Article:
a sail with a picnic is proposed, which mutates to a motor, as the wind is freshening up to 25 mph, and indeed later gusting to 35 mph. the sky is intensely blue and the wind merely a little breezy as we leave Bale.

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the tide is still coming in and the the wind deceptively slackening at Morston. it is the weekend of the Cockle Racing World Championship, and cockles all along the creek are getting ready. (there are only two cockles in existence outside North Norfolk).

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we are all going in Elsie, as it’s a smallish shortish tide, Elsie’s mooring gives her more latitude.

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here goes George’s yacht, which is used as the starter’s boat.

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the cockles racing have enough expertise to manage their boats with the strong wind; we don’t. the outboard is filled up with diesel and started and off we go.

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here comes Sandpiper, zipping up the creek, faster than us, the wind south south west, behind her.

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we motor out and turn into Blakeney harbour to check out a friend’s very impressive vintage motor cruiser.

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some cockles are moored out in the pit, and are having trouble getting sails up; a lot of flapping. some have reefed their sails, but the boldest and best don’t bother.

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here come two, sails bellying wide.

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this is a smart little fishing boat I haven’t seen before.

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Elsie’s skipper is relaxed – “just driving” he says.

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it’s quite choppy – the wind is in opposition to the tide.

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we land on the point and leave an anchor in the stones and sand of the beach. the cockles are milling around before the race, getting the feel of the conditions.

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this sailor seems to be having a bad time, he’s lost his crew, his boat wants to blow across onto the mud, and he can hardly hold onto it in this wind.

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the cockles bunch up for the start –

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and they are off. I brought my little telescope but the view through it is very two-dimensional; it’s hard to see where the boats are in relation to the course, especially when they tack.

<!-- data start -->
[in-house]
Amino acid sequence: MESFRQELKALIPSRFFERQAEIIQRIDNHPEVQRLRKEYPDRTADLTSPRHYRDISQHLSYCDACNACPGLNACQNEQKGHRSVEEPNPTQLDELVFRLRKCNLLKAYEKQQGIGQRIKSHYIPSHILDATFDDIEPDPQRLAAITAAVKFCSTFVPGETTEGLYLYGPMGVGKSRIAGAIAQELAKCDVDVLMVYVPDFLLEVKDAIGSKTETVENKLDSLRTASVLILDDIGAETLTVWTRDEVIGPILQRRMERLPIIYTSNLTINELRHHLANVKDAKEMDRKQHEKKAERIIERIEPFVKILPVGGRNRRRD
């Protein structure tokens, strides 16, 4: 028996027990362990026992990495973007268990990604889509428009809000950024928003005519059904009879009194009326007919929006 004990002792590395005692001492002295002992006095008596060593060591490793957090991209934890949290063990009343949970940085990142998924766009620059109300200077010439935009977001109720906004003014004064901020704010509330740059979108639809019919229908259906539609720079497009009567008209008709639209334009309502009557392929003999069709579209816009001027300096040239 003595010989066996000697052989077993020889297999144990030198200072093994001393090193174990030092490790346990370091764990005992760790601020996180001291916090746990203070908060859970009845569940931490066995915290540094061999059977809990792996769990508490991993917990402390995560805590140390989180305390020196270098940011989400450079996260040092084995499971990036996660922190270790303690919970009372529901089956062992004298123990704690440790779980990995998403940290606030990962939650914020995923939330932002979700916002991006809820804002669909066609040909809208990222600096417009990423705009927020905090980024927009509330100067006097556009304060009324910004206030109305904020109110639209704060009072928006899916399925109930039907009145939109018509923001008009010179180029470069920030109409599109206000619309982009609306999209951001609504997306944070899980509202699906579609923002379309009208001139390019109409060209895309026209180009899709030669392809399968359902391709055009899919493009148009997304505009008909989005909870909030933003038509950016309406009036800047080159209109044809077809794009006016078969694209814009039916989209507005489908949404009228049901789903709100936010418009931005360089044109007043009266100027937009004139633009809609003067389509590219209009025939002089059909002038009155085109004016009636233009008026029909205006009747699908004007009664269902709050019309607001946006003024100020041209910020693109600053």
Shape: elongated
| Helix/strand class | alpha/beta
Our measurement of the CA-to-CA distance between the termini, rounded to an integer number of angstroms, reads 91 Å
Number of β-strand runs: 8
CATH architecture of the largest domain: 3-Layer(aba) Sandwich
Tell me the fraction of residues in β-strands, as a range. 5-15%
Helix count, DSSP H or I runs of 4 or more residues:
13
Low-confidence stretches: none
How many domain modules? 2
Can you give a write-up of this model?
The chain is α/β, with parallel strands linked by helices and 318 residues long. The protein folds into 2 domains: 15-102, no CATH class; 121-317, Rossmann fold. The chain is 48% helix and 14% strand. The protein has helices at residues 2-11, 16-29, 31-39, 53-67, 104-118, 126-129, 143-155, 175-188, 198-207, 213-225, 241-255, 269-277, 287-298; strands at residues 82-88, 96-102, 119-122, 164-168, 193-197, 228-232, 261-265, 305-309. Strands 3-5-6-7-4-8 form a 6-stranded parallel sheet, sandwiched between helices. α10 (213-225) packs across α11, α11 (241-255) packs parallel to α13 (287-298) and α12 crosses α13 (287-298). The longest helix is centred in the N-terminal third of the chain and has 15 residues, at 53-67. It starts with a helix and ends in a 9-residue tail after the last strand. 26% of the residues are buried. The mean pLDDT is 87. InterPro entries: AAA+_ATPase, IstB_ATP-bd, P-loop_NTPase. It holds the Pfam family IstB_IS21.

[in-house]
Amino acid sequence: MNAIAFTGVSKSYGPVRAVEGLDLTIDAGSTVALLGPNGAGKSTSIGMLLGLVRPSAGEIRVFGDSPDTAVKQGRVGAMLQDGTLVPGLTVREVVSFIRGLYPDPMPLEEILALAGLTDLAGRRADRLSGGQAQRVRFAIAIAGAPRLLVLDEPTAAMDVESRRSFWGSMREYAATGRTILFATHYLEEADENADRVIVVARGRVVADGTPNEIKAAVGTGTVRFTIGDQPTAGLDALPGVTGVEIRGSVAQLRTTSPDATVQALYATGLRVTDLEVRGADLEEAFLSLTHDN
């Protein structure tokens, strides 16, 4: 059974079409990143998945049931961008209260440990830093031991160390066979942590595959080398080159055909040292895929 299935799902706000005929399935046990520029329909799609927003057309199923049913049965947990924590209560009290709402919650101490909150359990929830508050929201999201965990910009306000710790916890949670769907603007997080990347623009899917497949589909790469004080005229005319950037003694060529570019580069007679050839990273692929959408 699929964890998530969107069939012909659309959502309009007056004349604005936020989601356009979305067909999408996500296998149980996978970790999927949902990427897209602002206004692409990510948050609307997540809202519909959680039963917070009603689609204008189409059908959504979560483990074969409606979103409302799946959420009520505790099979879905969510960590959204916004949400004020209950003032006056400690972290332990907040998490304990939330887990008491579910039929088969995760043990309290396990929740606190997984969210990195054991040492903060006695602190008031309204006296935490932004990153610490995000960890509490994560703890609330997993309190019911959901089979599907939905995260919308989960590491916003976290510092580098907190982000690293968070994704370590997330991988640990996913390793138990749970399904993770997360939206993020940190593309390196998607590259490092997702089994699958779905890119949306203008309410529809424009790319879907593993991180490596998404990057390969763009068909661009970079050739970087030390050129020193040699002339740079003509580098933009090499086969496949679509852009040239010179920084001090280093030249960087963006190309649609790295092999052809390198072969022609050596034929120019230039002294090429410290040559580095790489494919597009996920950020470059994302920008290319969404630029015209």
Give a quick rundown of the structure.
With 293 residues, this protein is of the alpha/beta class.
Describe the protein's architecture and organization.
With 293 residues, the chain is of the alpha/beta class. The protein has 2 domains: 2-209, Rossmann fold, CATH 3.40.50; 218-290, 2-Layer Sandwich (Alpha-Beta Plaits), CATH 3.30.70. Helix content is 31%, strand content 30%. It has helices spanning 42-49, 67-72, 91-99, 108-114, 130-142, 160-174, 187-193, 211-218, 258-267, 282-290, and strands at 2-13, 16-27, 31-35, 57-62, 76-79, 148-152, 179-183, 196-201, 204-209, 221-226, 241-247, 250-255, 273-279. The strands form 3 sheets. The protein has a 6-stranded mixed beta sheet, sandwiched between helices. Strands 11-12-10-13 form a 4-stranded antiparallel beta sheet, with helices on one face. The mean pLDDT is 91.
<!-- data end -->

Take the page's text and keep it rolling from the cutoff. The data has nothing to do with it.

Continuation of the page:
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quite a lot of heeling and sitting up on the rail; stealing each other’s wind, and similar tricks. fun to watch.

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the seal boats are landing people to spend an hour or so on the point, and others have come to spend a few hours. we decide it’s not a comfortable place for a picnic out here – the wind is getting up, and Elsie will be hard to get off in this rough chop.

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so the bags all go back on board and we get her off with difficulty, the wind pushes us back onto the beach.

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the cockle race is over and everybody sailing back now. packets of water come aboard and the waves are quite big; some of us get rather wet.

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trundling safely to the head of the creek we find those without motors having to tack into a strong wind.

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some spectacular manoeuvring going on

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with a casualty – the laser on the left – and crikey, that looks scary ….

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we are told to keep out of her way as she shoots from one side of the creek to the other

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unlike Wiveton Belle, who make longer tacks, under better control,

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looking thoroughly seaman-like

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Shokanawe narrowly missing them and the moored boats, but it turned out that they had a lot less control due to the fact that the hull was damaged and the buoyancy chamber was full of water, so were doing well to get  back under sail.

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in a flurry of booms and long tillers crisscrossing

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having managed to avoid collision Elsie is put to bed safely

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and we have a peaceful picnic, although the awning wants to play sailing boats with us.